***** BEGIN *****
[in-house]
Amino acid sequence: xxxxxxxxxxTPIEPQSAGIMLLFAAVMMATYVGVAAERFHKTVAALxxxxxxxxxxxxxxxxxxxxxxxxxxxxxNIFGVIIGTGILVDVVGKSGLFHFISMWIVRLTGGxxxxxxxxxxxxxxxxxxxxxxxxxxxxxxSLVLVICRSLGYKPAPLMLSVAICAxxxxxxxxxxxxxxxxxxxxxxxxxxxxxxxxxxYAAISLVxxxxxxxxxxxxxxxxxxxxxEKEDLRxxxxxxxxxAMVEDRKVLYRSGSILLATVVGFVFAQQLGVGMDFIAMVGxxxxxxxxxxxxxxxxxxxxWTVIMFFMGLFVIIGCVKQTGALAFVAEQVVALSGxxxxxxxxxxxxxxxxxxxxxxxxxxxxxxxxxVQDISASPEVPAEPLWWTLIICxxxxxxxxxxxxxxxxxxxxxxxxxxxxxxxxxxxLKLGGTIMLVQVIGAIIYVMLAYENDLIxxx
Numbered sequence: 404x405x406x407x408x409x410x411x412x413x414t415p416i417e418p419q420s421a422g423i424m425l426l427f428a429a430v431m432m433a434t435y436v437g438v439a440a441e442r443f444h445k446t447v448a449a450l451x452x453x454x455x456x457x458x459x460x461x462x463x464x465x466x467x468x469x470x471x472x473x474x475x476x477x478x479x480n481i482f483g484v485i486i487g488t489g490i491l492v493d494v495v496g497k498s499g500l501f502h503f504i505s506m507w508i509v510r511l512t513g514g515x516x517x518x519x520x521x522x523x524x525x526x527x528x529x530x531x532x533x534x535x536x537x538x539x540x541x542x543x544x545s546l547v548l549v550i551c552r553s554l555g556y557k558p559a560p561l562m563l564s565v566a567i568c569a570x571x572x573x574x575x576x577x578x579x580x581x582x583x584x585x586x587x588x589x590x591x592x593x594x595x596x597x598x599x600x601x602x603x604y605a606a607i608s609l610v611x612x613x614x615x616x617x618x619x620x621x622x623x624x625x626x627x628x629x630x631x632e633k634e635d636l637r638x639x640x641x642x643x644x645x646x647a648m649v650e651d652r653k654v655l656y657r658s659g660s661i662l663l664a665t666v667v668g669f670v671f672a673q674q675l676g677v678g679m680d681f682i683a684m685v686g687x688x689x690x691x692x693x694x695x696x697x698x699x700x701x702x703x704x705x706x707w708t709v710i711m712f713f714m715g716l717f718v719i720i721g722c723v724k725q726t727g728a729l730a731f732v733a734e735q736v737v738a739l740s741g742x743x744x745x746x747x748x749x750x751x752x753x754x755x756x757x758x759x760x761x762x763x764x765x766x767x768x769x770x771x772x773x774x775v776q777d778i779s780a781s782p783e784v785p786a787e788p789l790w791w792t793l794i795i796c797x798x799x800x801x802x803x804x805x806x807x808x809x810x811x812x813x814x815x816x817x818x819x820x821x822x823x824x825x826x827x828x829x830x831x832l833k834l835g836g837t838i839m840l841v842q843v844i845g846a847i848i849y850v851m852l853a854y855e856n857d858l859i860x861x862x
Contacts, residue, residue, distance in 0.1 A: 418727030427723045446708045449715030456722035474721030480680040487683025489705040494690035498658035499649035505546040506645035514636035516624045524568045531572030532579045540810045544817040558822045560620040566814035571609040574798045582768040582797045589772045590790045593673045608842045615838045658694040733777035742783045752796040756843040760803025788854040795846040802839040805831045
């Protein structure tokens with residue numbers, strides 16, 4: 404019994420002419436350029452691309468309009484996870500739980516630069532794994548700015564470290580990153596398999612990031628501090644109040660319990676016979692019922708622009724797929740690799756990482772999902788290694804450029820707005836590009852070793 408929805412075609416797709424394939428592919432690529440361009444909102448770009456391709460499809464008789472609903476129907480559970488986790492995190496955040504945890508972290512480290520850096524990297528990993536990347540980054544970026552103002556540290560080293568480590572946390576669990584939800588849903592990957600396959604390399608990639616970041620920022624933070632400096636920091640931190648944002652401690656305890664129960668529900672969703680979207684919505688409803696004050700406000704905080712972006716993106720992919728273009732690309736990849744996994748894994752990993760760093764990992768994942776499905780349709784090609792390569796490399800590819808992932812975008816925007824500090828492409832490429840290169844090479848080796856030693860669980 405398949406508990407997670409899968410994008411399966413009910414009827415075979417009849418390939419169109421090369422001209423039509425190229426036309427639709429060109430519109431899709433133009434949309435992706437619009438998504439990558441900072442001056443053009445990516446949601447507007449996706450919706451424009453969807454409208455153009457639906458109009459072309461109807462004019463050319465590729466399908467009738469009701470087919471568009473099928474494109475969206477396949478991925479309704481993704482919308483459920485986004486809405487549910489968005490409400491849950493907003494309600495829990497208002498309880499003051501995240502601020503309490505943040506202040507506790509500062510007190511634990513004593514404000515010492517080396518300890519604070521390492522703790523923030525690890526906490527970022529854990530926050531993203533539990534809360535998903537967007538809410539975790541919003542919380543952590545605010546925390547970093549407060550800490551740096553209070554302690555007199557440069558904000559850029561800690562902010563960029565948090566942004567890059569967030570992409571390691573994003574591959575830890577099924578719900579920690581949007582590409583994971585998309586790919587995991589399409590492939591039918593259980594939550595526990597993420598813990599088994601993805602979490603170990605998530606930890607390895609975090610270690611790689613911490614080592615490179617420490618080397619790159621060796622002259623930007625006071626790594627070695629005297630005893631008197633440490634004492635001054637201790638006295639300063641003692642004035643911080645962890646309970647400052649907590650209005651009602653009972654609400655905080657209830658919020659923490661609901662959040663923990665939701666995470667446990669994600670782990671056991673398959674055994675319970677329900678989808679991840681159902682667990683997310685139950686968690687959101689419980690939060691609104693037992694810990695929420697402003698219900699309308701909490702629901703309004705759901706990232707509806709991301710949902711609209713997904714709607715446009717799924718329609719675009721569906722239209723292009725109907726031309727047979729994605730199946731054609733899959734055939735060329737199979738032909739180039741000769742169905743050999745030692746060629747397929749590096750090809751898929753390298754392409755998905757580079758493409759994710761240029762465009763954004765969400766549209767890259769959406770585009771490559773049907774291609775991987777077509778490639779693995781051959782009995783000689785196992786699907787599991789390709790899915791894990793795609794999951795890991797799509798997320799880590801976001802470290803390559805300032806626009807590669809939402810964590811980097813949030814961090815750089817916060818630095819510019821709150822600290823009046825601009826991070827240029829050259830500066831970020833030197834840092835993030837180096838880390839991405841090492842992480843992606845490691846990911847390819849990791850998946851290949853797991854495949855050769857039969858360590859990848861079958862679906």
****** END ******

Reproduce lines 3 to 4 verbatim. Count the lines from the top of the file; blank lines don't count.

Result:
Numbered sequence: 404x405x406x407x408x409x410x411x412x413x414t415p416i417e418p419q420s421a422g423i424m425l426l427f428a429a430v431m432m433a434t435y436v437g438v439a440a441e442r443f444h445k446t447v448a449a450l451x452x453x454x455x456x457x458x459x460x461x462x463x464x465x466x467x468x469x470x471x472x473x474x475x476x477x478x479x480n481i482f483g484v485i486i487g488t489g490i491l492v493d494v495v496g497k498s499g500l501f502h503f504i505s506m507w508i509v510r511l512t513g514g515x516x517x518x519x520x521x522x523x524x525x526x527x528x529x530x531x532x533x534x535x536x537x538x539x540x541x542x543x544x545s546l547v548l549v550i551c552r553s554l555g556y557k558p559a560p561l562m563l564s565v566a567i568c569a570x571x572x573x574x575x576x577x578x579x580x581x582x583x584x585x586x587x588x589x590x591x592x593x594x595x596x597x598x599x600x601x602x603x604y605a606a607i608s609l610v611x612x613x614x615x616x617x618x619x620x621x622x623x624x625x626x627x628x629x630x631x632e633k634e635d636l637r638x639x640x641x642x643x644x645x646x647a648m649v650e651d652r653k654v655l656y657r658s659g660s661i662l663l664a665t666v667v668g669f670v671f672a673q674q675l676g677v678g679m680d681f682i683a684m685v686g687x688x689x690x691x692x693x694x695x696x697x698x699x700x701x702x703x704x705x706x707w708t709v710i711m712f713f714m715g716l717f718v719i720i721g722c723v724k725q726t727g728a729l730a731f732v733a734e735q736v737v738a739l740s741g742x743x744x745x746x747x748x749x750x751x752x753x754x755x756x757x758x759x760x761x762x763x764x765x766x767x768x769x770x771x772x773x774x775v776q777d778i779s780a781s782p783e784v785p786a787e788p789l790w791w792t793l794i795i796c797x798x799x800x801x802x803x804x805x806x807x808x809x810x811x812x813x814x815x816x817x818x819x820x821x822x823x824x825x826x827x828x829x830x831x832l833k834l835g836g837t838i839m840l841v842q843v844i845g846a847i848i849y850v851m852l853a854y855e856n857d858l859i860x861x862x
Contacts, residue, residue, distance in 0.1 A: 418727030427723045446708045449715030456722035474721030480680040487683025489705040494690035498658035499649035505546040506645035514636035516624045524568045531572030532579045540810045544817040558822045560620040566814035571609040574798045582768040582797045589772045590790045593673045608842045615838045658694040733777035742783045752796040756843040760803025788854040795846040802839040805831045